oncotic


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oncotic

 [ong-kot´ik]
pertaining to swelling.

on·cot·ic

(ong-kot'ik),
Relating to or caused by edema or any swelling (oncosis).

oncotic

/on·cot·ic/ (ong-kot´ik)
1. pertaining to swelling.
2. see under pressure.

oncotic

[ongkot′ik]
Etymology: Gk, onkos, a swelling
pertaining to or resulting from the presence of a swelling.

on·cot·ic

(ong-kot'ik)
Relating to or caused by edema or any swelling (oncosis).

oncotic

pertaining to swelling.

oncotic pressure
see oncotic pressure.
References in periodicals archive ?
RAV12 binds with high affinity to RAAG12 and exhibits cytotoxic activity in vitro, via an oncotic cell death mechanism, toward RAAG12-expressing human gastrointestinal tumor cell lines.
The effect of the reduction of colloid oncotic pressure, with and without reduction of osmolality, on post-traumatic cerebral edema.
The artificial cells were rapidly removed from circulation and they give unfavourable oncotic pressure levels crucial for efficient [O.
The hetastarch component creates oncotic pressure, which would normally be provided by blood proteins, and permits retention of intravascular fluid.
The reasons given for this change were to increase the plasma oncotic pressure in an attempt to decrease cerebral oedema.
7) A normal blood albumin level is necessary to maintain the correct oncotic pressure and prevent edema.
The role of low intravascular oncotic pressure as a cause of outward fluid movement has been overstated, as experimental models and most patients with nephrotic syndrome do not show a decreased transcapillary osmotic gradient.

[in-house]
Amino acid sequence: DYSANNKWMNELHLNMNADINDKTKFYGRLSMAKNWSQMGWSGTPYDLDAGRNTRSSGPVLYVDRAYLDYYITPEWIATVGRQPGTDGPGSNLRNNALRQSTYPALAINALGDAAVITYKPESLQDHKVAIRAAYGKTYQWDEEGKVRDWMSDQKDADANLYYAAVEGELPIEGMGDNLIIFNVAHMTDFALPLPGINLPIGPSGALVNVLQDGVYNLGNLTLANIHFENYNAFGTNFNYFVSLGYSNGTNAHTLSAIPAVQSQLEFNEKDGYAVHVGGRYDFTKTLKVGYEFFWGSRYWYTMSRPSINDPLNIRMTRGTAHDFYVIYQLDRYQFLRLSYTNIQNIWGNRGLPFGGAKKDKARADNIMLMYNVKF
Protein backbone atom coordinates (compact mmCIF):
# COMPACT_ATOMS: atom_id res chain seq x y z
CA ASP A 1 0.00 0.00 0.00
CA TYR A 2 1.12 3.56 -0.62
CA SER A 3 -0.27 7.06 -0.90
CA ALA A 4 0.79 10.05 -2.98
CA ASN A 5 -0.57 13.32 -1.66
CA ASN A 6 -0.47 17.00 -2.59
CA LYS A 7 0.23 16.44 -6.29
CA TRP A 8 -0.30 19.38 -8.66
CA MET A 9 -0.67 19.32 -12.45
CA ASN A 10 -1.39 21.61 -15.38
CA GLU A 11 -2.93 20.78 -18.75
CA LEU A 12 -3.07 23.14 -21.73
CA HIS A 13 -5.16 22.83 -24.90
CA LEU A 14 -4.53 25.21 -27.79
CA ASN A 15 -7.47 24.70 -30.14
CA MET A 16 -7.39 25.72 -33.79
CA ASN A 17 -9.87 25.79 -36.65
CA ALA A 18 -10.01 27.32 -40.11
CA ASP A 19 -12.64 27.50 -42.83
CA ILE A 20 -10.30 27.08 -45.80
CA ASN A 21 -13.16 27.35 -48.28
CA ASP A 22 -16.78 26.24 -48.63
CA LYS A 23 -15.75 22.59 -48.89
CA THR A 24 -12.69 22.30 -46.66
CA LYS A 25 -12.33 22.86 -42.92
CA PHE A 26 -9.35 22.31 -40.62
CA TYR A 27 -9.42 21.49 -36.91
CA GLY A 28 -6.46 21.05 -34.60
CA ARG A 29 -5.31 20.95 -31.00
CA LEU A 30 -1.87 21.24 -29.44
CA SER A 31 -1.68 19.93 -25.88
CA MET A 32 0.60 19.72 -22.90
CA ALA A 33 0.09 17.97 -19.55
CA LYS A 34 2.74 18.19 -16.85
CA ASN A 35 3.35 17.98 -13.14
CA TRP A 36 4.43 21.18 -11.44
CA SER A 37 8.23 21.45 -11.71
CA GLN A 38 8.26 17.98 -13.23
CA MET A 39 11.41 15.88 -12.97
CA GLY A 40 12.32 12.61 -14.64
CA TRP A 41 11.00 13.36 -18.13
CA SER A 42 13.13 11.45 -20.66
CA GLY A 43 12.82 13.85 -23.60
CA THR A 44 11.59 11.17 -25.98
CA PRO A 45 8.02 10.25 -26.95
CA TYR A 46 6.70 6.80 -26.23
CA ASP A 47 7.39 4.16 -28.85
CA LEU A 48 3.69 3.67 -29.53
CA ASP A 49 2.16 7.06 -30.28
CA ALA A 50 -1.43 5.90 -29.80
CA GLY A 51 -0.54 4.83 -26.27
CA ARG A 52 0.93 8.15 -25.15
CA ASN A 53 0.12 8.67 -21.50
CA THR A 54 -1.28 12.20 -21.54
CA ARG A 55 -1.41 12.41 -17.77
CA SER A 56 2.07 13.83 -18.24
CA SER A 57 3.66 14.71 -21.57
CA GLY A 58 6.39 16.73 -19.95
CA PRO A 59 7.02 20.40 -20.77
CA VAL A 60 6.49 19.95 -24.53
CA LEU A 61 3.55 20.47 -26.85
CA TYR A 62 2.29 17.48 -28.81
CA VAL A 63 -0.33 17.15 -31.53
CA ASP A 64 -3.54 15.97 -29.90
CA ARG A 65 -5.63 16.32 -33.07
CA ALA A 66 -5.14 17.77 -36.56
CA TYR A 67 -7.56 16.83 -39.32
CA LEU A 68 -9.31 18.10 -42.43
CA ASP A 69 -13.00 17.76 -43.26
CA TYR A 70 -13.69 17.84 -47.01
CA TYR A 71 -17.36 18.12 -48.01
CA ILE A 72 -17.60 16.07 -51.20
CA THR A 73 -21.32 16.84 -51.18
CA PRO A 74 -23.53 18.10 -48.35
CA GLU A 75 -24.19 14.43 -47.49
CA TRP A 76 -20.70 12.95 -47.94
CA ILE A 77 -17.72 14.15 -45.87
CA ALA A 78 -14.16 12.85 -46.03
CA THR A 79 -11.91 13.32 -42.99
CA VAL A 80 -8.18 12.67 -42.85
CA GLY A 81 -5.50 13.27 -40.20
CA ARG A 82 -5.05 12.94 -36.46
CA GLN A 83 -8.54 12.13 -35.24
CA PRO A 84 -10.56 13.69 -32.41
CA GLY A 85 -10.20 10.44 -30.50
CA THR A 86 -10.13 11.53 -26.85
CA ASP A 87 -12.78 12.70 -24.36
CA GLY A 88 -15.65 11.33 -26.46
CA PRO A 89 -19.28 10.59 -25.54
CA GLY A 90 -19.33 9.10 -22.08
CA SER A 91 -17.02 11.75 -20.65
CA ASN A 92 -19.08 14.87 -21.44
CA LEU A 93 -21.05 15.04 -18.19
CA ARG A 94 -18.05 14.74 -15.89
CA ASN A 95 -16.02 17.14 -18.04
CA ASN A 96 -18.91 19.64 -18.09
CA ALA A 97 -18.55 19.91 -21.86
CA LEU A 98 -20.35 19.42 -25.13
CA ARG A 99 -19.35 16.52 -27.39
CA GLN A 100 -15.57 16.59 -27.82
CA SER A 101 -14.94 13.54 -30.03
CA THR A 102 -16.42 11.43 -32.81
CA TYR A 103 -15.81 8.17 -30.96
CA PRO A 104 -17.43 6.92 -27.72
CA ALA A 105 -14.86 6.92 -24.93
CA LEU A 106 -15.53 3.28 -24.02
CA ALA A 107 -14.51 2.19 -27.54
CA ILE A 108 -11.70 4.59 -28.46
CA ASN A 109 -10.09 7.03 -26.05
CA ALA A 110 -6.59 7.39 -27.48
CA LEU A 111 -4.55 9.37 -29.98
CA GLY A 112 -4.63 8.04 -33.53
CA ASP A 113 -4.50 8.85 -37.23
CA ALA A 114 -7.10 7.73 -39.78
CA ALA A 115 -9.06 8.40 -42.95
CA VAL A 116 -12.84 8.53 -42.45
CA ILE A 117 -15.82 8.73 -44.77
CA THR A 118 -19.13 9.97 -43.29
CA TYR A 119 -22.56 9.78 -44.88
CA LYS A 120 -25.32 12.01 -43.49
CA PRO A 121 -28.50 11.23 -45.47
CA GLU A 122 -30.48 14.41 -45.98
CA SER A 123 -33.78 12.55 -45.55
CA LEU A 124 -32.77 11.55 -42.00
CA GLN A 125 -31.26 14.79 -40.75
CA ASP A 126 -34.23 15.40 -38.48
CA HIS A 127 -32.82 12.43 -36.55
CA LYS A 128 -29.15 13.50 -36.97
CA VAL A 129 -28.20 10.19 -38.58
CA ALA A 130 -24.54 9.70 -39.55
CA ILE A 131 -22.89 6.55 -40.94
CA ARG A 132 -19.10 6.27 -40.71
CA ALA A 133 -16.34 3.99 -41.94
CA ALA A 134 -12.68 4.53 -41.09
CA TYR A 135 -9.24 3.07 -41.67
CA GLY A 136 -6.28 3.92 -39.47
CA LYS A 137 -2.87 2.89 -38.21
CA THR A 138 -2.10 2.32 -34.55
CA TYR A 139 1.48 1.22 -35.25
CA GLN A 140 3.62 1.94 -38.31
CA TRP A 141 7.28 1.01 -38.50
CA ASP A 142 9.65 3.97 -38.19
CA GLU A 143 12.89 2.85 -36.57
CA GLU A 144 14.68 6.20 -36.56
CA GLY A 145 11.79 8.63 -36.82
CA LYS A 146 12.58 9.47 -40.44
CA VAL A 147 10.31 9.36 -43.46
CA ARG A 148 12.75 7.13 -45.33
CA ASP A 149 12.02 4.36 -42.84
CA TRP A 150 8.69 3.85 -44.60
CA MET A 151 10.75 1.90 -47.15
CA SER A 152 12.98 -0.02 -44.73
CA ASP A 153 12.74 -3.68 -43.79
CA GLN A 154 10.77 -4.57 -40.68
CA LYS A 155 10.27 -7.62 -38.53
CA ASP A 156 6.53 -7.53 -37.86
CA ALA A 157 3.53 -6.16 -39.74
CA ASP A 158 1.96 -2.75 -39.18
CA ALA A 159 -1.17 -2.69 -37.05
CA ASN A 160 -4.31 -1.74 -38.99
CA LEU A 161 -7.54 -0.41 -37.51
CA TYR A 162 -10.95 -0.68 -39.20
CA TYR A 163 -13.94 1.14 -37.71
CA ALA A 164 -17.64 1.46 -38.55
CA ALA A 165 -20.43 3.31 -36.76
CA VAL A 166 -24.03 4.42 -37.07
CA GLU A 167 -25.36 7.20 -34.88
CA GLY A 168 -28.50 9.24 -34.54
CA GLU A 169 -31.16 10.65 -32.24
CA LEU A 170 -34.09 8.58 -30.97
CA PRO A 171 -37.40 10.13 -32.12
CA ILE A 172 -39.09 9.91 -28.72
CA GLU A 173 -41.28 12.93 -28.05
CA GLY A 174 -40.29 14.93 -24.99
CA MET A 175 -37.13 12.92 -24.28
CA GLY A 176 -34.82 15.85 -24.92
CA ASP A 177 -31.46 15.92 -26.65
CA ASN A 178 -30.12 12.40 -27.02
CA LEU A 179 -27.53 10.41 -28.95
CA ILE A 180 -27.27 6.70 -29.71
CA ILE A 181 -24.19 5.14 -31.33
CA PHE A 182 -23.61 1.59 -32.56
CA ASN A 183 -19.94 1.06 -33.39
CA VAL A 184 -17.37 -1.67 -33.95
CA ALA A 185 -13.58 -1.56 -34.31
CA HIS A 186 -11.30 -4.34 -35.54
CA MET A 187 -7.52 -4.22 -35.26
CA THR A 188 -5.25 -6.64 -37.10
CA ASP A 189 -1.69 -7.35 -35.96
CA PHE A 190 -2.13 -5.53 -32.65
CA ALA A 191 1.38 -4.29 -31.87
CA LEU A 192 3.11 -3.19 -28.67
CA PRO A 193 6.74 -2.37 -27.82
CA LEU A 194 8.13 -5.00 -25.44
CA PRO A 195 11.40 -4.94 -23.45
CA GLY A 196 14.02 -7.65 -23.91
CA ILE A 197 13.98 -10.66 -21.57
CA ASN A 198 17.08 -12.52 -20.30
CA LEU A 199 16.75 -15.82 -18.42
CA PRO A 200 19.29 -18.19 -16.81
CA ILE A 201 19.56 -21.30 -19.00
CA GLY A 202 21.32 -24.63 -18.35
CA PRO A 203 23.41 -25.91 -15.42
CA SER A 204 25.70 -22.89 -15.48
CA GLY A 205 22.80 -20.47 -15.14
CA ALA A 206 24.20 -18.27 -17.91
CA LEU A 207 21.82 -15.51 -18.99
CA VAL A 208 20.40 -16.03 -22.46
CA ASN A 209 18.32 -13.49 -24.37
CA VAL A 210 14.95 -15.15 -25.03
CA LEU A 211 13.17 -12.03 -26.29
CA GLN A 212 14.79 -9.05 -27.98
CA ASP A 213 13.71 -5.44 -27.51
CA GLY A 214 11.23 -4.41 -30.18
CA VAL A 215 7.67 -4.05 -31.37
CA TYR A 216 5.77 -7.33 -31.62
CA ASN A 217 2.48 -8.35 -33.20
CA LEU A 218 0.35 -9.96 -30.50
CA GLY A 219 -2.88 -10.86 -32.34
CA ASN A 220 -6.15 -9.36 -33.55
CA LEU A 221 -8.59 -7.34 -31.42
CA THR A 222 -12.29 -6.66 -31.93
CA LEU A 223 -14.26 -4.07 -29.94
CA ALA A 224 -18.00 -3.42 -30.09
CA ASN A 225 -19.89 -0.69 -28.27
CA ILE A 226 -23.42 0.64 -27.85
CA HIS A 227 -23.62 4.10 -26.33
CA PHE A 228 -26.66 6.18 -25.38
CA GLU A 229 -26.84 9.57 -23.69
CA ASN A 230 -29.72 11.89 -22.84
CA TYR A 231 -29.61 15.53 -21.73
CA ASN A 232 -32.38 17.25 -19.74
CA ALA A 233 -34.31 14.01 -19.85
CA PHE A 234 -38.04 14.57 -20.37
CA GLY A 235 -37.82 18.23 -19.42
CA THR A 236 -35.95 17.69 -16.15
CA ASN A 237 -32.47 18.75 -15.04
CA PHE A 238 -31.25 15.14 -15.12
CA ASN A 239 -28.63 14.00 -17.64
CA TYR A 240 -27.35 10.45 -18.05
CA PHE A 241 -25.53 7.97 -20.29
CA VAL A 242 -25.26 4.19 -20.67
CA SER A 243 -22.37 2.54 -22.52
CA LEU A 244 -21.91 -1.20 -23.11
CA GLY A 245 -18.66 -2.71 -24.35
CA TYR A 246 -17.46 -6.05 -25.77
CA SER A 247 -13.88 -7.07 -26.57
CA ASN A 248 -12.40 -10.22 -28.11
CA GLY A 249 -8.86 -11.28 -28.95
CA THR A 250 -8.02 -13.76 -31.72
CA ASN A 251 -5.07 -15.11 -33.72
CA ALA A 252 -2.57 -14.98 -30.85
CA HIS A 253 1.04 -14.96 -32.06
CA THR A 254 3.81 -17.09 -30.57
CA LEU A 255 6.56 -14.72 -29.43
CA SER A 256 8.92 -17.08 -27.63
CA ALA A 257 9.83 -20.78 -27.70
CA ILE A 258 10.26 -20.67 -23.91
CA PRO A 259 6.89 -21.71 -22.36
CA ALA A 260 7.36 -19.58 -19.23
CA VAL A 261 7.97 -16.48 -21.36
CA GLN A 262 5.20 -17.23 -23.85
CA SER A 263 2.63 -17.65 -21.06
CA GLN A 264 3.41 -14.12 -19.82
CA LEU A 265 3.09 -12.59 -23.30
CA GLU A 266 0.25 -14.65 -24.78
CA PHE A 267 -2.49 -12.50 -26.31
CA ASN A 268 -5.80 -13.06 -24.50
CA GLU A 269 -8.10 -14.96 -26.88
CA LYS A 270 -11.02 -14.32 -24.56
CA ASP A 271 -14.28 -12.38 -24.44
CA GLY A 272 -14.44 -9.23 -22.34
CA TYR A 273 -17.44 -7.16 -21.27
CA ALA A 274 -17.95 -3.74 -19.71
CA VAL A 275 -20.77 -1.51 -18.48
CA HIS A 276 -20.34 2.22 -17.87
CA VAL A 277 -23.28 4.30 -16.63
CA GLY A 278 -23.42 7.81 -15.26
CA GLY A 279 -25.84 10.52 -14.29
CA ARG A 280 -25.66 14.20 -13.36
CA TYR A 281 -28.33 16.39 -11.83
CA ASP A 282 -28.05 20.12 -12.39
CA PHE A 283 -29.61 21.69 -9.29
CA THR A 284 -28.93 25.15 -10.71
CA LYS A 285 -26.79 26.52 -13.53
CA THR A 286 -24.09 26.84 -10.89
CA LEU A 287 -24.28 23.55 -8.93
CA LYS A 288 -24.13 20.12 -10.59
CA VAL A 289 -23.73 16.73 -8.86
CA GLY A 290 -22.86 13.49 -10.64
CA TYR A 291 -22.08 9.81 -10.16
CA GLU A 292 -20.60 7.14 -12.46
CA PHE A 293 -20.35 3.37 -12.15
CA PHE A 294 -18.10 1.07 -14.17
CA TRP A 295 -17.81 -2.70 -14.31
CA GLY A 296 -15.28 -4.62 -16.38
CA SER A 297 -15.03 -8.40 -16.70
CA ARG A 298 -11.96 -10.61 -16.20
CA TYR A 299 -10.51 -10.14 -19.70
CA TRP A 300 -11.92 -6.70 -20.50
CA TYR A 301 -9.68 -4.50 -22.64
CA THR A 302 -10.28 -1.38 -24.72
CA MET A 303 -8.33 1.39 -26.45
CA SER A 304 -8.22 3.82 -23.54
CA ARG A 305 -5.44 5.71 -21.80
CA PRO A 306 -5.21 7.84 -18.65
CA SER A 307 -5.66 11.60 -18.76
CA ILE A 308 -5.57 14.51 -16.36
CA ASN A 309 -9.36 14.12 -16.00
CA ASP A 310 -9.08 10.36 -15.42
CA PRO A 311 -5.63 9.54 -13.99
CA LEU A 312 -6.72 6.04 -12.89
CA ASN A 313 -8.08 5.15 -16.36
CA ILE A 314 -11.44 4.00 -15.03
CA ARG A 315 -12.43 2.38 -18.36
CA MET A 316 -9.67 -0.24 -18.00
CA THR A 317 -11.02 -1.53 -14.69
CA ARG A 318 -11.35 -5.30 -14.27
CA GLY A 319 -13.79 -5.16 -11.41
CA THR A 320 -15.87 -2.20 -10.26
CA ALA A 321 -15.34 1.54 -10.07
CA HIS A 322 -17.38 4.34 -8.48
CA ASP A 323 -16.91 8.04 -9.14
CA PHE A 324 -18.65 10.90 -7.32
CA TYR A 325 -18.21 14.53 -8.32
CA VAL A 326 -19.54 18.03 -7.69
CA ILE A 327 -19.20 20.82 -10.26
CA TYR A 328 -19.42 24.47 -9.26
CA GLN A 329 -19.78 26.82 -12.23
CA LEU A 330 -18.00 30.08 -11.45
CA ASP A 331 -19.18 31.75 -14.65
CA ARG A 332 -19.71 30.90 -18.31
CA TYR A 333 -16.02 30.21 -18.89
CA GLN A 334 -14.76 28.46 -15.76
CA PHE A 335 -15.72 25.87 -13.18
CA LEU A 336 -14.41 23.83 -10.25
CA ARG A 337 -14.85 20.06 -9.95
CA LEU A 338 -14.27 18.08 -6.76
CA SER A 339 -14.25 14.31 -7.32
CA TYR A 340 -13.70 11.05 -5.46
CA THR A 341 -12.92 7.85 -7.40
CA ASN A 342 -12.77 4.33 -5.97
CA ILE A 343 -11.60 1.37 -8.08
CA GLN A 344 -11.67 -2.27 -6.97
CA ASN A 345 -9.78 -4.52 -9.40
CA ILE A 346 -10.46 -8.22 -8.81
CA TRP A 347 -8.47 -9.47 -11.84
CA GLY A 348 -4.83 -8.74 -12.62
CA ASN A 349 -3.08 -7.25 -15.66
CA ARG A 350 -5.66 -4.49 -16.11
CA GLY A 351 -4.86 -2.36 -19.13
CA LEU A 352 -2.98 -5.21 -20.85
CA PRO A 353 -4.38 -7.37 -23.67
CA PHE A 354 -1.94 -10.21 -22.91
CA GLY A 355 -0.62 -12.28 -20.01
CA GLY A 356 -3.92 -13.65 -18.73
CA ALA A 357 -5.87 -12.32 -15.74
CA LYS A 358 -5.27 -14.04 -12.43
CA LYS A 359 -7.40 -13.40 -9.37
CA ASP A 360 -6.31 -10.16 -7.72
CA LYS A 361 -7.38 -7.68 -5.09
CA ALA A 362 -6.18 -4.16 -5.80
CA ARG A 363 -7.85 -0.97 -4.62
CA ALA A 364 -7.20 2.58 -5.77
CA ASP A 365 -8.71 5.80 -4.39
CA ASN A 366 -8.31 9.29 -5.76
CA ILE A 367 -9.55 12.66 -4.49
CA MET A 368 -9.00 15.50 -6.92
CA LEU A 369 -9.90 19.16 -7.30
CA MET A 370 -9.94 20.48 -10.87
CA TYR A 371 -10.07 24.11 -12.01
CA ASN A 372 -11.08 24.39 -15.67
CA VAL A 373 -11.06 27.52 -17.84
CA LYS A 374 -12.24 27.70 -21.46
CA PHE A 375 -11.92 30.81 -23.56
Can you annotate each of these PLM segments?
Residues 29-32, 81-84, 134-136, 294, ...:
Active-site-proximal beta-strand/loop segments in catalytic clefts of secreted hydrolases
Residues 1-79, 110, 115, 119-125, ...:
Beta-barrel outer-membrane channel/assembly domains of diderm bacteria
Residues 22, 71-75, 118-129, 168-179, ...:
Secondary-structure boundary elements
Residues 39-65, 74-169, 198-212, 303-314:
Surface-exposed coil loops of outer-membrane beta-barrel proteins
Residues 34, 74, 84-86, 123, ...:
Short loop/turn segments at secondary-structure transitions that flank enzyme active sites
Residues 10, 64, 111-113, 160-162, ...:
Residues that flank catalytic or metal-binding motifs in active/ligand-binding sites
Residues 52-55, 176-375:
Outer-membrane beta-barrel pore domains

Low serum protein and albumin among newborns is of concern as it will lead to reduced oncotic pressure and carrier proteins.
Preclinical studies have demonstrated that RAV12 may kill tumor cells in a number of ways: first, the antibody is directly cytotoxic to a human colon cancer cell line in vitro through induction of oncotic cell death, a form of cell death characterized by cell and organelle swelling and loss of membrane integrity; second, the antibody mediates antibody-dependent cellular cytotoxicity; third, the antibody mediates complement dependent cell killing; and finally, the antibody alters cellular signaling required for cell survival.
Oncotic necrosis and caspase-dependent apoptosis during galactosamine-induced liver injury in rats.
Pathophysiologically, pulmonary edema results from a rise in the pulmonary capillary hydrostatic pressure, altered capillary permeability, a decrease in oncotic pressure or lymphatic insufficiency.